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What is market flex?

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Mandate letters for fully underwritten deals generally contain a market flex.  A market flex sets out the circumstances in which syndicate arrangers are entitled to unilaterally adjust the pricing, structure, terms and possibly the total financing amount to the extent necessary to ensure its successful syndication.  Without market flex, arrangers would have to commit to the pricing and covenant package of financings well before the signing, thereby assuming the full risk of changes in market conditions.

Lead arrangers exercise a market flex before finalizing the facility agreement to ensure successful syndication of financings.  When “flexed”, the terms in the facility agreement will differ from those specified in the term sheet.

A margin flex and a structure flex allow for the change in a facility’s pricing or structure, respectively, to facilitate its successful syndication:

  • Margin flex – An adjustment to a loan’s interest margin (pricing) during syndication to reflect a change in prevailing market conditions, to facilitate its successful syndication;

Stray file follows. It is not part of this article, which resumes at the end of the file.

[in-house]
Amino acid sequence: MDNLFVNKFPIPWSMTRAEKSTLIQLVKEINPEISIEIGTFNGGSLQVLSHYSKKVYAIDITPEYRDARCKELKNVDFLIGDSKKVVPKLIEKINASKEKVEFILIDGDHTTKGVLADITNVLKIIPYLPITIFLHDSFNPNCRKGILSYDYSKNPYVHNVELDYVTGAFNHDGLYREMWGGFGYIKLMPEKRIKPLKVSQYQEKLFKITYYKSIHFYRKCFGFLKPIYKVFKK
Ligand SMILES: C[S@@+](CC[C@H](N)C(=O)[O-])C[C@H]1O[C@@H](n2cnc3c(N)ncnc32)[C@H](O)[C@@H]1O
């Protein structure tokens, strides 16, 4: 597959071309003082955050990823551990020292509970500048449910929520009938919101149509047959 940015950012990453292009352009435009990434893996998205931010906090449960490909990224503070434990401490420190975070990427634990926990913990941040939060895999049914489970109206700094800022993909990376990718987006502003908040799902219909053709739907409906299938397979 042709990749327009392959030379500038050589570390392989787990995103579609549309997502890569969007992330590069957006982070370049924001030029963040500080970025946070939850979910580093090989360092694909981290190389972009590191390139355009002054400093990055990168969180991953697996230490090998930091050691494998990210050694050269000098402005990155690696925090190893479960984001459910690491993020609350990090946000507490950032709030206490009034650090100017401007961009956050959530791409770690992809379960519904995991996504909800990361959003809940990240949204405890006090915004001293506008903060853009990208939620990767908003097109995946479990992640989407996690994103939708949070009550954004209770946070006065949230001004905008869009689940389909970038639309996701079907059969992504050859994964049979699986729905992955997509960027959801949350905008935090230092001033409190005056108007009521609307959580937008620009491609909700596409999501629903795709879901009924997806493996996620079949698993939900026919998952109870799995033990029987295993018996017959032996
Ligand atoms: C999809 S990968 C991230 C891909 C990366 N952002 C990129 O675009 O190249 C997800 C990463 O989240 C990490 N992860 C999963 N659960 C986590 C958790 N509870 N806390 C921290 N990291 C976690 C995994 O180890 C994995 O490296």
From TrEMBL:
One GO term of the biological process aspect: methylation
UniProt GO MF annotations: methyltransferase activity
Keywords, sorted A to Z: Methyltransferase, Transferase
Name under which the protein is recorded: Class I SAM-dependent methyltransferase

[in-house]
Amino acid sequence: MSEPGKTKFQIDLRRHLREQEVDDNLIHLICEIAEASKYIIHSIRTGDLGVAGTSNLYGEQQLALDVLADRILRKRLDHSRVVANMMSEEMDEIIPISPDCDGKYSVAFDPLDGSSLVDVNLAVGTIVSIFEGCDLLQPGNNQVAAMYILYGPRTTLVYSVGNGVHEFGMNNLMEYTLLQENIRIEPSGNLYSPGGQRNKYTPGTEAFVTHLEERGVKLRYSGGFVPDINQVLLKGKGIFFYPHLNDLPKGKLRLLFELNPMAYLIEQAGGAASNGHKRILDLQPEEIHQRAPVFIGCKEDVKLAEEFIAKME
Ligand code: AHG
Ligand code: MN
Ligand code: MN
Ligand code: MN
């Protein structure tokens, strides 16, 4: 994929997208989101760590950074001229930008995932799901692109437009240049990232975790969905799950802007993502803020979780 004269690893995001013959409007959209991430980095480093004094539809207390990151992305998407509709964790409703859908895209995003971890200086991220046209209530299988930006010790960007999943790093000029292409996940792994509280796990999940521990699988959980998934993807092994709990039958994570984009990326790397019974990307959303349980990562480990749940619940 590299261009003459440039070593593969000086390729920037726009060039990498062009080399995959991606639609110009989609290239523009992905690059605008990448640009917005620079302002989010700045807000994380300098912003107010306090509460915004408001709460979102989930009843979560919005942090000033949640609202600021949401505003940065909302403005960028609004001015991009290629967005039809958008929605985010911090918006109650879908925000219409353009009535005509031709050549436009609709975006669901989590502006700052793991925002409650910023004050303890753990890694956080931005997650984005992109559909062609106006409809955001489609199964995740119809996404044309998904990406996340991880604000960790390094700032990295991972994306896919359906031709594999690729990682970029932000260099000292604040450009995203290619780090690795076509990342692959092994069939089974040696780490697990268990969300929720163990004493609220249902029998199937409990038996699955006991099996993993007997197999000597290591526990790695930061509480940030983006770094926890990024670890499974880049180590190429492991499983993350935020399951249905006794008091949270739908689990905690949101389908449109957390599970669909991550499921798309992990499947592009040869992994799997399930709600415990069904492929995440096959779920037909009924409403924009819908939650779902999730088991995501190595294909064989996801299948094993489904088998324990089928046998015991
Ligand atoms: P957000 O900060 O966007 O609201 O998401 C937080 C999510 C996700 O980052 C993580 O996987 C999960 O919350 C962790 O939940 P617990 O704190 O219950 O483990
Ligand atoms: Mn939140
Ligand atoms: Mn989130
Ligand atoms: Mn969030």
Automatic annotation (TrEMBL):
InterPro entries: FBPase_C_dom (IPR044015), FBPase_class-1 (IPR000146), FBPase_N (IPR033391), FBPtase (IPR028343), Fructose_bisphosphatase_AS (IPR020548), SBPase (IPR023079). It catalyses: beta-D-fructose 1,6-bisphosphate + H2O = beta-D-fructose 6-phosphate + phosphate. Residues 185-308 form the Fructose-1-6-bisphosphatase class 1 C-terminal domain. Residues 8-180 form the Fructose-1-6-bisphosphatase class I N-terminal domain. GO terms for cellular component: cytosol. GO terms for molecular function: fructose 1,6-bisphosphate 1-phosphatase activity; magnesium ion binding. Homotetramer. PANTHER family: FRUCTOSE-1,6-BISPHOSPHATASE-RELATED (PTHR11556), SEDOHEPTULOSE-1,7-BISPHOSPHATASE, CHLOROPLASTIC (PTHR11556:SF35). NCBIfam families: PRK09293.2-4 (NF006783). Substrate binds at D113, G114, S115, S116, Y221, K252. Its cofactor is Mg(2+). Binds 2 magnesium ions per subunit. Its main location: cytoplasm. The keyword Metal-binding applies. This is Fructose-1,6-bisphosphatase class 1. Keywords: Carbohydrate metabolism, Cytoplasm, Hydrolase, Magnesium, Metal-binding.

• Structure flex – An adjustment in the structure of a financing (reallocation of amounts between tranches of a multi-tranche facility) during syndication to reflect investor interest and to ensure its successful syndication.

The market flex is typically exercisable from the date of the signing of the mandate letter to the facility signing and syndication closing, on which date all the lenders subject to primary syndication become party to the facility documents.  It is not an “out”, unlike the material adverse effect (MAE) or the material adverse change (MAC) clauses since it does not allow the MLA to pull a commitment.

Before the advent of the market flex clause, banks would commit to the pricing and covenant package of financing well before the signing, which exposed them to all the risk of changes in market conditions.  Introduction of the clause shifted the market risk from the banks to the borrower.  Where a flex is triggered and the borrower refuses to comply, the mandate is breached, which allows the arrangers and underwriters to terminate the mandate and underwriting.

In negotiating market flex clauses, borrowers will want to preserve the optimal structure for its loan and minimize the risk of an increase in pricing.  They will also request the right to terminate the mandate if the flex is invoked, since offers from previously competing lenders may then look more attractive.

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